Singular Value Decomposition – with source code – easiest way – 2022

So guys, in today’s blog we will see that how we can perform Singular Value Decomposition of some book titles we are having in our dataset using TruncatedSVD. This transformer performs linear dimensionality reduction by means of truncated singular value decomposition (SVD).

Contrary to PCA, this estimator does not center the data before computing the singular value decomposition. This means it can work with sparse matrices efficiently. When we perform SVD (Singular Value Decomposition) on text data it is also called LSA (Latent Semantic Analysis). So without wasting any time.

Let’s do it…

Step 1 – Importing libraries required for Singular Value Decomposition.

import nltk
from nltk.stem import WordNetLemmatizer
import numpy as np
from sklearn.decomposition import TruncatedSVD
import matplotlib.pyplot as plt
import pandas as pd
%matplotlib inline

nltk.download('punkt')
nltk.download('wordnet')

Step 2 – Reading lines from our text file.

titles = [line.strip() for line in open('all_book_titles.txt')]
titles
Singular Value Decomposition

Step 3 – Creating Stopwords set.

stopwords = set(word.strip() for word in open('stopwords.txt'))
stopwords = stopwords.union({
    'introduction', 'edition', 'series', 'application',
    'approach', 'card', 'access', 'package', 'plus', 'etext',
    'brief', 'vol', 'fundamental', 'guide', 'essential', 'printed',
    'third', 'second', 'fourth', })

word_lemmatizer = WordNetLemmatizer()
  • We have our default stopwords like a, is, that, this, etc. in stopwords.txt. So first of all we are loading all those in a variable called stopwords.
  • Secondly, we are adding some more stopwords like edition, introduction, series, etc. manually in the stopwords set. These are some very common words that occur in Book Titles.
  • Lastly we are initializing WordNetLemmatizer().

Step 4 – Creating tokenizer function.

def tokenizer(s):
    s = s.lower()
    tokens = nltk.tokenize.word_tokenize(s)
    tokens = [t for t in tokens if len(t)>2]
    tokens = [word_lemmatizer.lemmatize(t) for t in tokens]
    tokens = [t for t in tokens if t not in stopwords]
    tokens = [t for t in tokens if not any(c.isdigit() for c in t)]
    return tokens
  • This will take a string, convert it to lowercase, tokenize it, remove words having a length less than 2, lemmatize words, remove stopwords and finally remove all those words having any digit in them.

Step 5 – Checking tokenizer.

tokenizer('my name is abhishek and i am 19 years old!!')
Singular Value Decomposition

Step 6 – Creating word_2_int and int_2_word dictionaries.

word_2_int = {}
int_2_words = {}
ind = 0
error_count = 0

for title in titles:
    try:
        title = title.encode('ascii', 'ignore').decode('utf-8') # this will throw exception if bad characters
        tokens = tokenizer(title)
        for token in tokens:
            if token not in word_2_int:
                word_2_int[token] = ind
                int_2_words[ind]=token
                ind += 1
    except Exception as e:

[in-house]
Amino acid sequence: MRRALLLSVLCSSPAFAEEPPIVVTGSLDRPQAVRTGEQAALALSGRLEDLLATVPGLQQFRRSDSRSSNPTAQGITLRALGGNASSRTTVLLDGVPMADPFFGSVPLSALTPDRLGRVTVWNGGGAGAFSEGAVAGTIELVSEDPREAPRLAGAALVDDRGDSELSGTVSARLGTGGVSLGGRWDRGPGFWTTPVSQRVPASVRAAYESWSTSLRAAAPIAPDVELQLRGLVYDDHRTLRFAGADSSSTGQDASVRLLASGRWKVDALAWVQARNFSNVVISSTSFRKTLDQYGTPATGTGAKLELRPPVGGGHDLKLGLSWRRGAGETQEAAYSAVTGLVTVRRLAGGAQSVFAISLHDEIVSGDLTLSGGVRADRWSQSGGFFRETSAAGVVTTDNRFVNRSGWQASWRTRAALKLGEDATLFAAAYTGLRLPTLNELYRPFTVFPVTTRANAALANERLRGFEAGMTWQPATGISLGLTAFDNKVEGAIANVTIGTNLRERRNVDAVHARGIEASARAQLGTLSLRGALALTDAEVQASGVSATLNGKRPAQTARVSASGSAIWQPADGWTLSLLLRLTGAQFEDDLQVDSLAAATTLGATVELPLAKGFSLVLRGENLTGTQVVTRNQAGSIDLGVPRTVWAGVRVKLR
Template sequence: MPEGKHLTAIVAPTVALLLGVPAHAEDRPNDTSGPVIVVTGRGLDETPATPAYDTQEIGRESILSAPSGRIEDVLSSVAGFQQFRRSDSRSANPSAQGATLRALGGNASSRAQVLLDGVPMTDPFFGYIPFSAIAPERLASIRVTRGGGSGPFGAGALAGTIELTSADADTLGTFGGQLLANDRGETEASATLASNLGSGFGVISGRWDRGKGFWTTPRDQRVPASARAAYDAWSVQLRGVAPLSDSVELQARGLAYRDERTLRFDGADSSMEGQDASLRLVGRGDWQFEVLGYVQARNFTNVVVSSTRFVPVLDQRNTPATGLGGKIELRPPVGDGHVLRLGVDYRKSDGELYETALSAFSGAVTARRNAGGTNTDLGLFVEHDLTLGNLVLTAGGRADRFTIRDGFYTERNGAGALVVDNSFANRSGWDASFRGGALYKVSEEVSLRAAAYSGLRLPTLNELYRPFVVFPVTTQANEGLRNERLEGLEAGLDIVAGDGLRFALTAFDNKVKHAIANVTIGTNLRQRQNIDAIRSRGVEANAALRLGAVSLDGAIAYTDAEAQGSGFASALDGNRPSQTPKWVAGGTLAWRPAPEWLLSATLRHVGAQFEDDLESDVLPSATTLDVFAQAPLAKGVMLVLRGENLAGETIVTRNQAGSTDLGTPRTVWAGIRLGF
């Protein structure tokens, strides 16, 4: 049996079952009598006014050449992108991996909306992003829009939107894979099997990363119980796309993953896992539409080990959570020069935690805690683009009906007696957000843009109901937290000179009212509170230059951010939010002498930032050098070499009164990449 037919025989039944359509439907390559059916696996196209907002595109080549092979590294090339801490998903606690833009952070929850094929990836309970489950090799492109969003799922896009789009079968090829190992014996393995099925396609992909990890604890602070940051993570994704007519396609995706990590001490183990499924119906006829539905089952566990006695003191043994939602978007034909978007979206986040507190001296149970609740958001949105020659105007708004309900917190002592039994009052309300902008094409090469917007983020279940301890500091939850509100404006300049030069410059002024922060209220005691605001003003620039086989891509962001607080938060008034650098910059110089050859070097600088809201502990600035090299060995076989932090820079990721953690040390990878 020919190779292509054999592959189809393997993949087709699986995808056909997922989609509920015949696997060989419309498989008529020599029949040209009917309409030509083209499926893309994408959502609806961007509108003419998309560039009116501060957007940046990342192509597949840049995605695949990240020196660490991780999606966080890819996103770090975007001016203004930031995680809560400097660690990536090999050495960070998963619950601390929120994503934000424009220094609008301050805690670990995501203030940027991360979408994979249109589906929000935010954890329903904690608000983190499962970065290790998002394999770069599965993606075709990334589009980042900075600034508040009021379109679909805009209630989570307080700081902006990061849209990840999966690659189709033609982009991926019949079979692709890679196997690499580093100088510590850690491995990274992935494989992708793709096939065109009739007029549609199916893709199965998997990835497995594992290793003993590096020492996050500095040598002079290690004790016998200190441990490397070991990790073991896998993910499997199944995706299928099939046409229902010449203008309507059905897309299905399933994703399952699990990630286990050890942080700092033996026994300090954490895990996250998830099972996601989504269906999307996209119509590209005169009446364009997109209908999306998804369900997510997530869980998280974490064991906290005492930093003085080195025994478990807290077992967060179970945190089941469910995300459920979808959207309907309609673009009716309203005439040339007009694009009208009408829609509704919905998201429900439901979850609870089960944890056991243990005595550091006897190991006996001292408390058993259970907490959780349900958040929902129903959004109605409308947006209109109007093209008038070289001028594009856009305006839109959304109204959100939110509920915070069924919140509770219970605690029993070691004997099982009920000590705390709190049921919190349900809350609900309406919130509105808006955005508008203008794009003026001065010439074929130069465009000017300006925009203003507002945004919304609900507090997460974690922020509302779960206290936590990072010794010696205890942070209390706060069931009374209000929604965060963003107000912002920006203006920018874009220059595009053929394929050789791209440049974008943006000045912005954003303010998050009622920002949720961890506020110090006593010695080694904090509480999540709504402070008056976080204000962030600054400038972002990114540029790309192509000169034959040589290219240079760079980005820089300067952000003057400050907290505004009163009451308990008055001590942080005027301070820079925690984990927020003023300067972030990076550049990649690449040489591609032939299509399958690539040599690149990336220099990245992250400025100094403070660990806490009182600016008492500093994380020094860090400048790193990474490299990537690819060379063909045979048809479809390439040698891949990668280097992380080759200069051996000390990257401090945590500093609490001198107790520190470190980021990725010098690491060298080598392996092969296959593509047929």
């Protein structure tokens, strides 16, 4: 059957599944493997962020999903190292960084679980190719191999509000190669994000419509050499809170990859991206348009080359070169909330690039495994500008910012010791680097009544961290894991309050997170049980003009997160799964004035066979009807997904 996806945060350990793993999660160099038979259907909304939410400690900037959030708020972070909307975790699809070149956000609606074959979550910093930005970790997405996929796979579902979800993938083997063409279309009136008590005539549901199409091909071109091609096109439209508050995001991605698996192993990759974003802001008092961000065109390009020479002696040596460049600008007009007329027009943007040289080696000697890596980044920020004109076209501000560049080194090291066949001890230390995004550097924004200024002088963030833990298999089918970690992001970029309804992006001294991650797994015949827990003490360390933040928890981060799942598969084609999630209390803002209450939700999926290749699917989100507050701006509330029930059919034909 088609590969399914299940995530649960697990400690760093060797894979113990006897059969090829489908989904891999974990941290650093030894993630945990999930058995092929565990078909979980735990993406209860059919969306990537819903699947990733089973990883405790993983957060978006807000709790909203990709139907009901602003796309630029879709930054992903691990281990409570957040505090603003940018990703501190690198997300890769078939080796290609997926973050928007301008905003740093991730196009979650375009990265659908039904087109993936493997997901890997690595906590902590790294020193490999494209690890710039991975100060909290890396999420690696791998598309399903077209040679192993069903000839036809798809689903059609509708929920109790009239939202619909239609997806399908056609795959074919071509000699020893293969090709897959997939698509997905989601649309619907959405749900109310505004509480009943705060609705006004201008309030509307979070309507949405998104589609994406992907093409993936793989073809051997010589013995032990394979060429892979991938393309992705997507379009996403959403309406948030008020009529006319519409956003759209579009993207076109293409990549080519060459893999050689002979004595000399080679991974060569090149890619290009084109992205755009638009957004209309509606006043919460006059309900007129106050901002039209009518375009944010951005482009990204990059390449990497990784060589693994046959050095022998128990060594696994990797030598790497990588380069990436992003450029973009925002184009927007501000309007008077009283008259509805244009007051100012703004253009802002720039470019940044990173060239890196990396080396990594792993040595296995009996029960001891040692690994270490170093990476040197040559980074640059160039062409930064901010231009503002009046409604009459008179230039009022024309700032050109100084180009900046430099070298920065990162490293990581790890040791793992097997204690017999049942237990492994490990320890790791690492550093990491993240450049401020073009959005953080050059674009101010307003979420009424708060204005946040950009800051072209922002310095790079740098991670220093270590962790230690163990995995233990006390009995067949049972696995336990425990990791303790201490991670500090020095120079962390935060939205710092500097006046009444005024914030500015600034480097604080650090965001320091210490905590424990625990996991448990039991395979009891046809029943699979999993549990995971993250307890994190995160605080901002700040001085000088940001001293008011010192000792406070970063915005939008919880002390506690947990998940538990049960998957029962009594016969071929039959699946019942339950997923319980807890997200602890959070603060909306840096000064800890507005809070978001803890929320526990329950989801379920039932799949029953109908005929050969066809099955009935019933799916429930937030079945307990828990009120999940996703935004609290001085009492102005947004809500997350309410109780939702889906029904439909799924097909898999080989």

print(e)
        print(title)
        error_count += 1
  • We have used try-except because there could be some titles that have some special characters. Those will throw exceptions.
  • Then we simply take the title and tokenize it and then simply traverse in those tokens.
  • If the token is not in our vocabulary (word_2_int), append it and give a token number to it.
  • Similarly, create an apposite dictionary int_2_word also for future use.
  • And then simply increment the index.

Step 7 – Creating tokens_2_vectors function.

def tokens_2_vectors(tokens):
    X = np.zeros(len(word_2_int))
    for t in tokens:
        try:
            index = word_2_int[t]
            X[index]=1
        except:
            pass
    return X
  • This function simply converts a title in the token form to a vector.
  • It will create an array of our vocabulary size with all elements as 0.
  • It will then replace 0s with 1s for the words that are present in the title whose vector we are creating.

Step 8 – Creating a final matrix and fitting it into our SVD.

final_matrix = np.zeros((len(titles),len(word_2_int)))

for i in range(len(titles)):
    title = titles[i]
    token = tokenizer(title)
    final_matrix[i,:] = tokens_2_vectors(token)

svd = TruncatedSVD()
Z = svd.fit_transform(final_matrix)
Z.shape
  • Here we are creating a final matrix with rows as no of titles (2373) and columns as no of words in our vocabulary.
  • Then we are filling this matrix with vectors of each and every title.
  • Finally fitting our TruncatedSVD with our final matrix.
  • It means that our data is having 2373 titles and 2 represents the position of that token in the plane.
Singular Value Decomposition

Step 9 – Visualize the results.

fig = plt.figure(figsize=(15,9))
plt.scatter(Z[:,0],Z[:,1])
for i in range(len(word_2_int)):
    plt.annotate(int_2_words[i],(Z[i,0],Z[i,1]))
  • You will see that similar words will be closer in this plot.
Singular Value Decomposition

Download Source Code for Singular Value Decomposition…

Do let me know if there’s any query regarding Singular Value Decomposition by contacting me on email or LinkedIn. I have tried my best to explain this code.

So this is all for this blog folks, thanks for reading it and I hope you are taking something with you after reading this and till the next time ?…

Read my previous post: TOPIC MODELING USING LATENT DIRICHLET ALLOCATION

Check out my other machine learning projectsdeep learning projectscomputer vision projectsNLP projectsFlask projects at machinelearningprojects.net.

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